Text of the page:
[Medium] How I write

(Preface to the 15th year Italian edition of The Black Swan)

Imet Luca Formenton, Saggiatore’s capo twenty years ago, in April 2002, in the eternal city, in a mozzarella bar-terrace near the parliament. I spoke in highly ungrammatical Italian; he addressed me in impeccable English, a practice we have sort of maintained for twenty years. That was the period when I very badly wanted to satisfy my failed childhood dream to produce literature, but everything conspired to stop me from partaking of that highly protected genus.

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This overhyped Zone 2 must not be discrete

Natural distribution of heart rates vs that from modern life.

Heart rates must be Lognormal in distribution. Simply, it is not possible to have a negative heart rate and at low variance (and a mean > 6 standard deviations away from 0), the lognormal behaves like a normal.

Incidentally I failed to understand from San-Millan’s paper(s) the 2 mmol lactate threshold claimed in the podcast with Petter Attia and elsewhere. I don’t see a threshold. Even for athletes (top graph below) there is a mix outside asymptote (Lactate >5 mmol becomes 0 fat oxidation).

Link to full article – https://fooledbyrandomness.com/blog/2022/10/16/this-overhyped-zone-2-training-must-not-be-discrete/

Detecting BS in Correlation Windows

S&P 500 and 10-year US Treasury Bond Rolling Correlation of Monthly Returns

Financial theory requires correlation to be constant (or, at least, known and nonrandom). Nonrandom means predictable with waning sampling error over the period concerned. Ellipticality is a condition more necessary than thin tails, recall my Twitter fight with that non-probabilist Clifford Asness where I questioned not just his empirical claims and his real-life record, but his own theoretical rigor and the use by that idiot Antti Ilmanen of cartoon models to prove a point about tail hedging. Their entire business reposes on that ghost model of correlation-diversification from modern portfolio theory. The fight was interesting sociologically, but not technically. What is interesting technically is the thingy below.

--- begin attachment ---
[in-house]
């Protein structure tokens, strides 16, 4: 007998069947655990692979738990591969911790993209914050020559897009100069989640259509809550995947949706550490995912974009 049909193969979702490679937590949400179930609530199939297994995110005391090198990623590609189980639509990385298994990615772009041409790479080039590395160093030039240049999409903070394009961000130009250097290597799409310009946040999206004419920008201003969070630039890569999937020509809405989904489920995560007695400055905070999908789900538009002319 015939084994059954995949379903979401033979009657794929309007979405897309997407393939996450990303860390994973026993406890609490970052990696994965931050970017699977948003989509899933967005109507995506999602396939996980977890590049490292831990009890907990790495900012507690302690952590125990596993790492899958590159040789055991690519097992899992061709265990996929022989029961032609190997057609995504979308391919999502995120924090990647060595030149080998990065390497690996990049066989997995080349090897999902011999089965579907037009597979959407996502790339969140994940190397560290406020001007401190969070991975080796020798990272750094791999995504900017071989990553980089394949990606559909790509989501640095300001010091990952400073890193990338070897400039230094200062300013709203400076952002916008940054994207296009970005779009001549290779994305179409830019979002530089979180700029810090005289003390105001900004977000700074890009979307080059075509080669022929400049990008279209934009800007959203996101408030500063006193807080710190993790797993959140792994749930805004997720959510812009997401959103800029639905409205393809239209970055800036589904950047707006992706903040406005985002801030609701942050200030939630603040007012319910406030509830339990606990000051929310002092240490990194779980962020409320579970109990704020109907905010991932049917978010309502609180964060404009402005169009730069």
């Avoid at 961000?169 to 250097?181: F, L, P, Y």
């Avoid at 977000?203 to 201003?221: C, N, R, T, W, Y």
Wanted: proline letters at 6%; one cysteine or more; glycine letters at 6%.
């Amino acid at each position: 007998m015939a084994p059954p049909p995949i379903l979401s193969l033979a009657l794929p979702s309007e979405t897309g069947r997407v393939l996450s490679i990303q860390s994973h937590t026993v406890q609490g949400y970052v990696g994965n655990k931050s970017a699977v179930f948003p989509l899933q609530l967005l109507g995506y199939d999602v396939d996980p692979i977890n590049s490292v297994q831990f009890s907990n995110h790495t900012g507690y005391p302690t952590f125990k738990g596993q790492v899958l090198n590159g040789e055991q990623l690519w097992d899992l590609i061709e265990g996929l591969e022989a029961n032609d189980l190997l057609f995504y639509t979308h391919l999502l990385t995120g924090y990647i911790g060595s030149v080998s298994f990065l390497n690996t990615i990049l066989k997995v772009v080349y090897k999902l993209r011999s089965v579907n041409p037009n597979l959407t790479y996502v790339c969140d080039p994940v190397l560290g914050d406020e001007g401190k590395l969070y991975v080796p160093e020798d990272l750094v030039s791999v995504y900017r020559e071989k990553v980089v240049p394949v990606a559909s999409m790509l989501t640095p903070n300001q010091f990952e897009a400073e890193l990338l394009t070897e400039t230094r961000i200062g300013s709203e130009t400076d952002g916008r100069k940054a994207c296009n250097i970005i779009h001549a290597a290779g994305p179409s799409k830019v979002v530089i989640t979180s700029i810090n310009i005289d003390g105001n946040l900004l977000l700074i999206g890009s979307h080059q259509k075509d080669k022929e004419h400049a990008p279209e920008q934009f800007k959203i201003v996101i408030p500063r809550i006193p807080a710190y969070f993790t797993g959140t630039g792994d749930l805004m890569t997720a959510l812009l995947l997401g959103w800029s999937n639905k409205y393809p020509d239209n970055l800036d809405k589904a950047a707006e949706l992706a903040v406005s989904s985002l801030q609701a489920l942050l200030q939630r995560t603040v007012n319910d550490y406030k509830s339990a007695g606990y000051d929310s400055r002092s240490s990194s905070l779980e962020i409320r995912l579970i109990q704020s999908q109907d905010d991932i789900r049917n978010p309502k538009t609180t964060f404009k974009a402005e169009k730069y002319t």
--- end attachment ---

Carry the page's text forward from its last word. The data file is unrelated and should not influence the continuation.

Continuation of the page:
Link to full article – https://fooledbyrandomness.com/blog/2021/11/24/detecting-bs-in-correlation-windows/

A case study in Non-replicability of a Medical paper [YouTube]

A case study in non-replicability of a medical paper. I discuss it with Dr. Fouad Fayad from U.S.J. in Lebanon. Details are in Retraction Watch.

Apparently, the only reply to his case by the study’s lead author is of the fact-free data-free sort “he doesn’t like me” which does not appear to have a statistical explanation.

Note: Retraction Watch did a great job presenting facts, and the attempt to retaliate against Dr. Fayad. Note that the 4 expert reports were not attached. Also, note that the paper violated FDA rules (and those of the corresponding European agency).

[YouTube] Why Correlation is Unreliable

At the 2022 Greenwich Economic Forum-Miami, Black Swan author, Nassim Nicholas Taleb explains why correlation is unreliable as a due diligence tool. Coming as it does during an ongoing pandemic and in the middle of Vladimir Putin’s invasion of Ukraine, Taleb also discusses Wars and Pandemics and puts them into their proper risk buckets.

[YouTube] Disinformation and Fooled by Randomness

We are not naturally good at dealing with information.

Disinformation artists confuse you by focusing on noise over signal by playing on saliency, the same effect as the one discussed in Fooled by Randomness. We mistake the particular for the general, details for the ensemble, and noise for signal –all from the same mental bias.